Applied Environmental Biotechnology

ISSN2382-6436(print) | ISSN: 2424-9092(online)

Co-Editors-in-Chief:Ji-Dong Gu; Yunjiang Yu

Article Processing Charges:1600(USD)

Publishing Frequency: Biyearly

Publishing Model : Open Access

Submit Your Manuscript      Read Published Articles


Applied Environmental Biotechnology(AEB) is an open access journal published by Urban Development Scientific Publishing. The purpose of this journal is to understand the latest advances, innovation and technologies of applied environmental biotechnology, and by doing so, to promote active communication and collaborations among the environmental biotechnology scientists around the world. Authors and readers should be included in the following areas: biotechnology, environmental, microbial, metabolism, degradation, bioproducts, ecosystem, water research and other related fields.  All articles submitted to AEB will undergo a rigorous double-blind peer review, and all published articles can be downloaded and read for free. AEB will pay wide attention to the trends in related fields and insist on publishing original research work of highest quality. 

AEB has been indexed in Scopus, CNKI, Google Scholar, etc.



CiteScore(Scopus) & Mock Impact Factor(Web of Science)


The CiteScore(2020) of Applied Environmental Biotechnology is 2.

The mock Impact Factor of Applied Environmental Biotechnology is about 1.5;

Posted: 2021-03-17
More Announcements...

Vol 6, No 2 (2021)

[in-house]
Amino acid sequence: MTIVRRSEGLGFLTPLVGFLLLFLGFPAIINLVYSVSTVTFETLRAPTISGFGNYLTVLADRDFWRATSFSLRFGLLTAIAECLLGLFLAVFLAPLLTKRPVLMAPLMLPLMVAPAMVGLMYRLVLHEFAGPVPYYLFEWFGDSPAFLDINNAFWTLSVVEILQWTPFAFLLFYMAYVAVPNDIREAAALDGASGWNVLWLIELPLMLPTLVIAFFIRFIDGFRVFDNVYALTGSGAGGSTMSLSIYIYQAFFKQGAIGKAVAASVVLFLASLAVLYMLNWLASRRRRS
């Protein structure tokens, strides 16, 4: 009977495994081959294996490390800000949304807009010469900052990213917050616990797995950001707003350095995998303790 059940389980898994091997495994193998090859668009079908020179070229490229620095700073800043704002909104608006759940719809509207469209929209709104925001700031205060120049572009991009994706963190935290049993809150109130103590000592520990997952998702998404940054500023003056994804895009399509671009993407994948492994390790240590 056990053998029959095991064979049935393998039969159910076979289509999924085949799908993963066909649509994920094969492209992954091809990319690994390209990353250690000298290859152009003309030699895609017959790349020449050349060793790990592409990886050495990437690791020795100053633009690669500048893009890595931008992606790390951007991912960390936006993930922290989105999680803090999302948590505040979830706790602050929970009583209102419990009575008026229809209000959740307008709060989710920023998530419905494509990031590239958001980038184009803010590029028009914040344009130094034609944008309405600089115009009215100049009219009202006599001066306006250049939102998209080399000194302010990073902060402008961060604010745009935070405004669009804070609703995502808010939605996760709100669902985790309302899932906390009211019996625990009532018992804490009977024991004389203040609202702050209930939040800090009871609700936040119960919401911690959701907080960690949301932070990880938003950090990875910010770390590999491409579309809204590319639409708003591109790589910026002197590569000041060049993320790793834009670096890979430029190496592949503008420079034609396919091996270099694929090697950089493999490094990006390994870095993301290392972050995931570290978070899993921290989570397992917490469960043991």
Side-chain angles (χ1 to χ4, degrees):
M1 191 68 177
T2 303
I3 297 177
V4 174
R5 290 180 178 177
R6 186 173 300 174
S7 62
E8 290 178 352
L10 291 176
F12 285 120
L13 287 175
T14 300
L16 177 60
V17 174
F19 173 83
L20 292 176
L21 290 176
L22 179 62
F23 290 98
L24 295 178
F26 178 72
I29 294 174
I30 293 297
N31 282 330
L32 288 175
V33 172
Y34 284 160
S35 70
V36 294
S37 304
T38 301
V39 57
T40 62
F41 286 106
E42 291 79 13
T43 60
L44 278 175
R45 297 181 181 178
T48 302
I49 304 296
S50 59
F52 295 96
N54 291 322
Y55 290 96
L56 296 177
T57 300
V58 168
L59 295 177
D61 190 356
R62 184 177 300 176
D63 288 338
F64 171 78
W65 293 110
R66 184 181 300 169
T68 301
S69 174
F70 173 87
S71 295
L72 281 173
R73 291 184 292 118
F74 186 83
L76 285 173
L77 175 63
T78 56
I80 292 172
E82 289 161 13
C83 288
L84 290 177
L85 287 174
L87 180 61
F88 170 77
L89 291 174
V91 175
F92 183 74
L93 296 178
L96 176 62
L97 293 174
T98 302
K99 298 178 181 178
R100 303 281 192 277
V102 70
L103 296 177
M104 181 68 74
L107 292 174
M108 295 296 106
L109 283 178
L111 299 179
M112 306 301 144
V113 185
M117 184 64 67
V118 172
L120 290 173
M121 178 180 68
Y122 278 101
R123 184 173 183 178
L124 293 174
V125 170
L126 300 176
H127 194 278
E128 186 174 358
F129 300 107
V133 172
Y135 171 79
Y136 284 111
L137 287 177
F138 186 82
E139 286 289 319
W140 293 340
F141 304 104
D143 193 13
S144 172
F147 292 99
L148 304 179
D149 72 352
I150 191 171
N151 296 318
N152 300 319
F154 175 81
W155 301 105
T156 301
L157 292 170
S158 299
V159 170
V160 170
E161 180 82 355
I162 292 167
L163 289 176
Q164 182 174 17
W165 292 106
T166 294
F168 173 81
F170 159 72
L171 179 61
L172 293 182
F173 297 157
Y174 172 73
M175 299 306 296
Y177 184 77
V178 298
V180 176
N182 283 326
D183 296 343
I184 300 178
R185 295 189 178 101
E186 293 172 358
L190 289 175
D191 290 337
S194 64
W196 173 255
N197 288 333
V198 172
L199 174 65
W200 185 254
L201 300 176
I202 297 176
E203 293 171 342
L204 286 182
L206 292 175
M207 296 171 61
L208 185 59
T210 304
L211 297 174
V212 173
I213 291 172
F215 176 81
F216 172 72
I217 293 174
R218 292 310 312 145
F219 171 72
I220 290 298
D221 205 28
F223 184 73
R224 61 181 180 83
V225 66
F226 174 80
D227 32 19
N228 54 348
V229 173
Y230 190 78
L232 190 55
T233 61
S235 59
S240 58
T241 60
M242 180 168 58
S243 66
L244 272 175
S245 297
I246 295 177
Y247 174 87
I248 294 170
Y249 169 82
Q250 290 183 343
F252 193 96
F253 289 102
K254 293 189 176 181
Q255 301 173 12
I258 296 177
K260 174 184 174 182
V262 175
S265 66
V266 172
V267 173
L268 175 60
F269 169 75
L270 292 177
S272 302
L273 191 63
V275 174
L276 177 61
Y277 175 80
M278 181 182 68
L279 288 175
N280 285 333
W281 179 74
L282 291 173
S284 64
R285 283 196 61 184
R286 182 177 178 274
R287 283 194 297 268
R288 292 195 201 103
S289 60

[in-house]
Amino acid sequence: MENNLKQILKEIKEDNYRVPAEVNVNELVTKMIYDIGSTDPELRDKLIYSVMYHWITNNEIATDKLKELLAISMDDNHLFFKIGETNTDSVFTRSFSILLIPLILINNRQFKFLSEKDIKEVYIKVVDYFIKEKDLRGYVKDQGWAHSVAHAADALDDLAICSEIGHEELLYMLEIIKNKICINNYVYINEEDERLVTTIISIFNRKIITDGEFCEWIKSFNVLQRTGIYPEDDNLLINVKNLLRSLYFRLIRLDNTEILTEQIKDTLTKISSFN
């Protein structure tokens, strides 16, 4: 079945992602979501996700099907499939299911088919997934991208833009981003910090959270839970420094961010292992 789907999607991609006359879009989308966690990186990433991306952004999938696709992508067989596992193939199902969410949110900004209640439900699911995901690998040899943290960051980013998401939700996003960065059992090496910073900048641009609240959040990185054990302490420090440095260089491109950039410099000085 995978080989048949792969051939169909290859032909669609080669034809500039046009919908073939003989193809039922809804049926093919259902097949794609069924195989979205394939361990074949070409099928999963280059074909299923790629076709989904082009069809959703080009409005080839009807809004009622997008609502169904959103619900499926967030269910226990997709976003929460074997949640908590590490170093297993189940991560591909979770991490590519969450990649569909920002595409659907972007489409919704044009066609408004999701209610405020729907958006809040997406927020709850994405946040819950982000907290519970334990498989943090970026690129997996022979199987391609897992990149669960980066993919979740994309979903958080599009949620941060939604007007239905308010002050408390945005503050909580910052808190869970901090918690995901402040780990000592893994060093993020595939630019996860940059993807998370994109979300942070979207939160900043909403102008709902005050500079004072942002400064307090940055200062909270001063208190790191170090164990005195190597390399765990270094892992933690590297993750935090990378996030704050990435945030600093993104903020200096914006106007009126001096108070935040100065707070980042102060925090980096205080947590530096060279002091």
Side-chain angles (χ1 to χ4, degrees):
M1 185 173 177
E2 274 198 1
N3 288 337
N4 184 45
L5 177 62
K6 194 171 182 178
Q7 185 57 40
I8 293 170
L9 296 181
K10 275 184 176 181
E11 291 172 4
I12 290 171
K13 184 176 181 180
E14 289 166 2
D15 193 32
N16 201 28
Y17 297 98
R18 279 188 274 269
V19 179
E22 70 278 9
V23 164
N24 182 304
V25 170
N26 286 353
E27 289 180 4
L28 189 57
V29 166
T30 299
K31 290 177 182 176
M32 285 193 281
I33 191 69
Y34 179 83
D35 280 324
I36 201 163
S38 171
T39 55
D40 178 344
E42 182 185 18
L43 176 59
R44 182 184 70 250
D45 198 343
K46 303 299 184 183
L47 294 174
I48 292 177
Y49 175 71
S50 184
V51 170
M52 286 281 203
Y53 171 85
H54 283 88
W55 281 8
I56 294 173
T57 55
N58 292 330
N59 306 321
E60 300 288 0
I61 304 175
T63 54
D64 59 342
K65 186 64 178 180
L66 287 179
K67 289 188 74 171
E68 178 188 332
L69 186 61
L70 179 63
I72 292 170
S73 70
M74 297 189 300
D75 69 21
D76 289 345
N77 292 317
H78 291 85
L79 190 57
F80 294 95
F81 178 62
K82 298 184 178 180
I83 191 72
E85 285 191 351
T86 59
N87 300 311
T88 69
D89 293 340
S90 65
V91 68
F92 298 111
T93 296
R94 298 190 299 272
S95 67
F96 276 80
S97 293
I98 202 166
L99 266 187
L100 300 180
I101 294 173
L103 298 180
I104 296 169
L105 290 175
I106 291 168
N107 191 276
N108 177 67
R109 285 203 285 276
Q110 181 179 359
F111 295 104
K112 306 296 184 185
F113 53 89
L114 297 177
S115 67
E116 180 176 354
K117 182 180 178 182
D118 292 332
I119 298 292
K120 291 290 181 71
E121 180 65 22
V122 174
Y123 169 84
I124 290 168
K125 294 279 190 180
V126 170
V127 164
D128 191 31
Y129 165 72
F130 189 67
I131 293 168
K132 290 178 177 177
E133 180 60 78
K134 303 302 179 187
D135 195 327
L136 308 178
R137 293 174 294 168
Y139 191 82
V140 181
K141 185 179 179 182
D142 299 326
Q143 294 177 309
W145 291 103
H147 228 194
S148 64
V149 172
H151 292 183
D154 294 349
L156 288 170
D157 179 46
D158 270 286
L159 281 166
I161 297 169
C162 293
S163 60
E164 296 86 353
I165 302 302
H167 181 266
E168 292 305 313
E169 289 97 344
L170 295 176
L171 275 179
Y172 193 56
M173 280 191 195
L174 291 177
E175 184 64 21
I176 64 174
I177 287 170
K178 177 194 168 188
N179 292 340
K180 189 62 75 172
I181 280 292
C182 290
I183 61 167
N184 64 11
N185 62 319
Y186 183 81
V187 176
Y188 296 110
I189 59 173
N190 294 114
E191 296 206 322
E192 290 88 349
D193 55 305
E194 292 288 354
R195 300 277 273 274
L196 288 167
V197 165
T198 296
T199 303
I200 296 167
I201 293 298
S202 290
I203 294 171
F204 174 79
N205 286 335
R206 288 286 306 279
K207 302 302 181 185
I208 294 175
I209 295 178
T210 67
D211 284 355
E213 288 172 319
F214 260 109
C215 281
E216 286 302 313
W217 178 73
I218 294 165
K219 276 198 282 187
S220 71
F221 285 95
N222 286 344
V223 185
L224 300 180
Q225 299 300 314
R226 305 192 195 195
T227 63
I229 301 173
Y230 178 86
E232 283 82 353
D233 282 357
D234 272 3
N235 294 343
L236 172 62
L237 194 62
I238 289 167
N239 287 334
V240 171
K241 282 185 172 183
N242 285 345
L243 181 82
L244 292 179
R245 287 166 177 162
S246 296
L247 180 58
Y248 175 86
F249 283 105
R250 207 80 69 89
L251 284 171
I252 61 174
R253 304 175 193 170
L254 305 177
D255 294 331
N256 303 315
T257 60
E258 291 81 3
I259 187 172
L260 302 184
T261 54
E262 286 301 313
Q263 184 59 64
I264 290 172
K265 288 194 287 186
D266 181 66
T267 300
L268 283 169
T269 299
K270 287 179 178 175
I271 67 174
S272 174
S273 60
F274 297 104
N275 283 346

Table of Contents


54 Views, 14 PDF Downloads
Zhonghua Li, Fangfang Min, Haoming Chen


Biochar is one of the most concerned research hotspots at present, which is a stable and carbon-rich solid produced by pyrolysis of organic biomass under anoxic conditions. Biochar has abundant pore structure, functional groups, aromatic hydrocarbons and other characteristics, which enable it to improve soil physical and chemical properties, increase nutrient content, and regulate soil microbial community structure. In recent years, with the continuous research on biochar, the role of biochar in the remediation of heavy metal pollution has been further studied. The physical adsorption, ion exchange, electrostatic attraction, complexation reaction, mineral precipitation, redox and other functions of biochar are the main factors for repairing heavy metal ions. In addition, immobilization is the primary goal of biochar remediation of heavy metals in agricultural soils, because it can greatly reduce the risk of human health caused by heavy metals entering the food chain. This paper reviewed the current knowledge of biochar and its function in agricultural heavy metal soil. Based on the background of heavy metal pollution in agricultural soil in China, the possible remediation mechanism of biochar was discussed. It provides scientific basis for the development and application of biochar in the remediation of heavy metal pollution in agricultural soil in China.


Microbial Biofilms

214 Views, 55 PDF Downloads
Mohammad A. Alkafaween, Abu Bakar Mohd Hilmi